remaining. People were critical of him for that fight. Then it was
discovered that prior to the Jordan fight Gonzaga was struggling with a
major personal crisis in which his wife was pregnant but her health was
at risk, and they were in jeopardy of losing the baby. The good news is
that the family was soon safe and healthy, so not surprisingly Gabriel
reeled off three big wins, punctuated by the historic, head-kick KO of
Pride tournament champion Mirko “Cro Cop” Filipovic (April 2007).
“Napao” now had momentum; he was ready to challenge anyone. A title shot
was next for him but unfortunately champion Randy Couture provided
another loss for the proud and humble Brazilian (Couture prevailed with
a TKO in the third round after a brutal fight). Winning is what all
athletes covet. Losing is something they all know is coming but great
and enduring competitors all put it in perspective (Couture’s name again
comes to mind). I feel Gonzaga was taught a very valuable lesson in his
last fight, just be tougher than your opponent.
Fabricio “Vai Cavalo” Werdum has the luxury of having already beaten
Gonzaga (yes, this is a rematch). But things have changed slightly since
that evening in August of 2003. All three of Fabricio’s losses have
occurred after that. It’s true, they were all decisions and all to some
of the world’s best (Rodrigo Nogueira, Andrei Arlovski and Sergei
Kharitonov). The bottom line is that the stage is set for Werdum and
Gonzaga to be an extremely competitive, and most likely grueling, fight.
Both are coming off losses, both are well rounded, both are strong and
athletic (Gabriel is 6’ 2”, 250 and Fabricio is 6’4 and 240ish). The
winner (and I do not know who that will be) will move one step closer to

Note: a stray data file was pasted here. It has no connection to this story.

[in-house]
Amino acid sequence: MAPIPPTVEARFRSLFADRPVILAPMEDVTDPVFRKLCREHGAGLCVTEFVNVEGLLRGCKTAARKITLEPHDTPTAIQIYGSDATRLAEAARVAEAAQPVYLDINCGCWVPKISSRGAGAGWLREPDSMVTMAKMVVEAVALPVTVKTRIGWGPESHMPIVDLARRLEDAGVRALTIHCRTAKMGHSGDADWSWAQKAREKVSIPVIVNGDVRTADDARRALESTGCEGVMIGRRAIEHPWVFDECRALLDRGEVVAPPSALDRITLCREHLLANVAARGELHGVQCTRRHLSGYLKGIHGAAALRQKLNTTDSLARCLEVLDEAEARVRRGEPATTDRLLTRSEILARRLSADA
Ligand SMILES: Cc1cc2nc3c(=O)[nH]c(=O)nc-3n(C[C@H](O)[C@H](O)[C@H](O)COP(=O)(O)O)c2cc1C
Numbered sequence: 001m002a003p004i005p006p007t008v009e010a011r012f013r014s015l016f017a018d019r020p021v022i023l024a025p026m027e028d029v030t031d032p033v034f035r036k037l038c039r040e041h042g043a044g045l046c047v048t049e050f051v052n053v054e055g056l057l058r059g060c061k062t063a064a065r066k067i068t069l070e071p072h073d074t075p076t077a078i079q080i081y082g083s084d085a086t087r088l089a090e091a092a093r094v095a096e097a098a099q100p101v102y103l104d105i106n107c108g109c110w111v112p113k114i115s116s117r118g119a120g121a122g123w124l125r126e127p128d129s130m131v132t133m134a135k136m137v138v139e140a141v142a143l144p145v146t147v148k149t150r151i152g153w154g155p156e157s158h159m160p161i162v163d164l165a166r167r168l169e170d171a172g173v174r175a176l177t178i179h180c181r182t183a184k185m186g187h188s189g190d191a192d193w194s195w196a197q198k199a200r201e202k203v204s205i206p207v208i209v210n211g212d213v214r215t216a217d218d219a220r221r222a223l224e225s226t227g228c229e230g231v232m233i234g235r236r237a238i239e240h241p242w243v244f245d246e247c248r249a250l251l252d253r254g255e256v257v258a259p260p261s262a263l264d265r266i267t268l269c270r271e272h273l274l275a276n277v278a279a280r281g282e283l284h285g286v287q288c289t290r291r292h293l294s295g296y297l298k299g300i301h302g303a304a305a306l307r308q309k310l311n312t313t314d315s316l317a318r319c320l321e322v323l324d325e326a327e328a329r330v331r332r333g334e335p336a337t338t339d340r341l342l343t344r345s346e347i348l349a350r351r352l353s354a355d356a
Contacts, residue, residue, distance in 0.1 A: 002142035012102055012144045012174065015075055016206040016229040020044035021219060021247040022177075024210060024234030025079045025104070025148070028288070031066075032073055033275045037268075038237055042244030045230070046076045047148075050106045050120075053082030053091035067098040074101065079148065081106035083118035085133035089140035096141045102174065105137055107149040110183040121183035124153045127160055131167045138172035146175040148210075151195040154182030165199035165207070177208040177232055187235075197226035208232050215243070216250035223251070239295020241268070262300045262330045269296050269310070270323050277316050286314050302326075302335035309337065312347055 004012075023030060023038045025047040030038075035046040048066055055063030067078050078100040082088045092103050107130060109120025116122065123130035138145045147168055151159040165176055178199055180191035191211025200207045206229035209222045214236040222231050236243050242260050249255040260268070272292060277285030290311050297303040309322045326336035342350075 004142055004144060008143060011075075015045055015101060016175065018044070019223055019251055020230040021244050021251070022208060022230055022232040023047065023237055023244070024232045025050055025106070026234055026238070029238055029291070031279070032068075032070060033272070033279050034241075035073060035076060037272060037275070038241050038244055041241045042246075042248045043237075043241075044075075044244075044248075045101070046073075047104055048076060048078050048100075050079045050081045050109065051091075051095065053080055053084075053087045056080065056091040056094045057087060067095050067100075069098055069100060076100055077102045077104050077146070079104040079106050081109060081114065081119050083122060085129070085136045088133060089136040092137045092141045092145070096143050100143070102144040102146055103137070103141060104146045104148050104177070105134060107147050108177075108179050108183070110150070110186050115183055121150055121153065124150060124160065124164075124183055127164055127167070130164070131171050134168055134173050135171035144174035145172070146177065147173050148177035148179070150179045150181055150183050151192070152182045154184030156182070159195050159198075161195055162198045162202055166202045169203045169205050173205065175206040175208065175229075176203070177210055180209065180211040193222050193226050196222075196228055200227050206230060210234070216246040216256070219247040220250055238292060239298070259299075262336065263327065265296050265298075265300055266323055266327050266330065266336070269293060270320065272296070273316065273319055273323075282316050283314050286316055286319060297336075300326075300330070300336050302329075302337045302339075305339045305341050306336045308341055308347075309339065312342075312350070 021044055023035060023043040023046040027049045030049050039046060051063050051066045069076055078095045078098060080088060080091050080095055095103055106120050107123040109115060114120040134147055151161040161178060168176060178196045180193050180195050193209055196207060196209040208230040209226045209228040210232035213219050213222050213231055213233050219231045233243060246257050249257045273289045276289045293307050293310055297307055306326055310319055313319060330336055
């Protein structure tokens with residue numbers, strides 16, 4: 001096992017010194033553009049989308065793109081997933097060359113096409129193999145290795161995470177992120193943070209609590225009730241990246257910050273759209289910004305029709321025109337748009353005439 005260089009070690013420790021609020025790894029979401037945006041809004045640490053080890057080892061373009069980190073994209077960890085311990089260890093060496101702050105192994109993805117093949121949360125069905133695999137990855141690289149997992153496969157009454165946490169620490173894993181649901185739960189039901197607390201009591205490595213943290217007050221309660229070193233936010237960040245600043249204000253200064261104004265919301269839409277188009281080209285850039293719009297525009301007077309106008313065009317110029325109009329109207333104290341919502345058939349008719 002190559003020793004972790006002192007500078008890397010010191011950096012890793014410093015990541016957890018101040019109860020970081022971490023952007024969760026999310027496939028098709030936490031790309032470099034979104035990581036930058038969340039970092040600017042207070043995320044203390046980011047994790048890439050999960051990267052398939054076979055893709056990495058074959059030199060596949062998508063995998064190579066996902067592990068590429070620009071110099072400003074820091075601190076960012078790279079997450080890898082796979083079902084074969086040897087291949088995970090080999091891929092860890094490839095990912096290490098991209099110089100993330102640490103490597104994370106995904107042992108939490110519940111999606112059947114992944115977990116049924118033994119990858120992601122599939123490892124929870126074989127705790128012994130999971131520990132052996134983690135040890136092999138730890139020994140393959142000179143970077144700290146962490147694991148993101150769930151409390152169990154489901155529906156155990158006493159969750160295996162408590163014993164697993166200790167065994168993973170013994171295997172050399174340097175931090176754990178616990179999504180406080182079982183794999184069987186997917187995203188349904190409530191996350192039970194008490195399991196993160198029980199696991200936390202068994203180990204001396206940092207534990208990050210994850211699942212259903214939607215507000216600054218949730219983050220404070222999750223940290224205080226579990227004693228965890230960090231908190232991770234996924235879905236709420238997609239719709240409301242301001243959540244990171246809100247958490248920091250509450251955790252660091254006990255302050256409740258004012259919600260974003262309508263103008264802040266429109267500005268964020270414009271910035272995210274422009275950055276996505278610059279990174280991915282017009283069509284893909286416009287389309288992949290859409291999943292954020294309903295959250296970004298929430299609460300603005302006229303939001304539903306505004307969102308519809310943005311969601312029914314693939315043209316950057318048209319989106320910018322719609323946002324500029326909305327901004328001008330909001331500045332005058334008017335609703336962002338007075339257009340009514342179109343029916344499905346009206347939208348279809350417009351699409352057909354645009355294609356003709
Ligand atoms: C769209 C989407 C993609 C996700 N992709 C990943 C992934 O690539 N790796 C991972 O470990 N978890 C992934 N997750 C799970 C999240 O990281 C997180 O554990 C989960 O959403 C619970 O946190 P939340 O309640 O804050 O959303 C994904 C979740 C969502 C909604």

the UFC title picture.
||This is going to be a very entertaining clash. Both
fighters are aggressive but have taken opposite paths to arrive at this
juncture. Originally from France, England resident Jess “Joker” (ahem, I
gave him that nickname) Liaudin, 12-8, is a Cage Rage veteran who came
from a strong submission base but learned striking the hard way (5 of
his 8 losses are by TKO).
“The Irish Hand Grenade” Marcus Davis is definitely explosive. Coming
from a boxing background with a stellar 17-1-2, (13 KOs) record in that
sport, Davis was the guy everybody in MMA knew they should probably take
down to avoid getting brain damage. But he has shown vast improvements
in his jiu-jitsu game, as evidenced by 6 wins out of his last 10 fights
being by way of submission. Now that I think about it, Davis would match
up extremely well with EliteXC’s lightweight champion KJ Noons (dream
on, it’ll never happen…).
Momentum is a key factor here and even though Jess has a perceived home
court advantage because he lives in the UK, Davis is no stranger to the
territory, having defeated England’s Paul Taylor at London’s O2 in
August (UFC 75). That plus a 10-fight winning streak is going to make
TIHG (The Irish Hand Grenade) hard to beat. Davis by TKO.
||This match highlights the reality that there are no
more easy fights (in the UFC), at this level anyway. Jason Lambert is a
bad dude. Sure he lost to Rashad Evans, but that’s nothing to be ashamed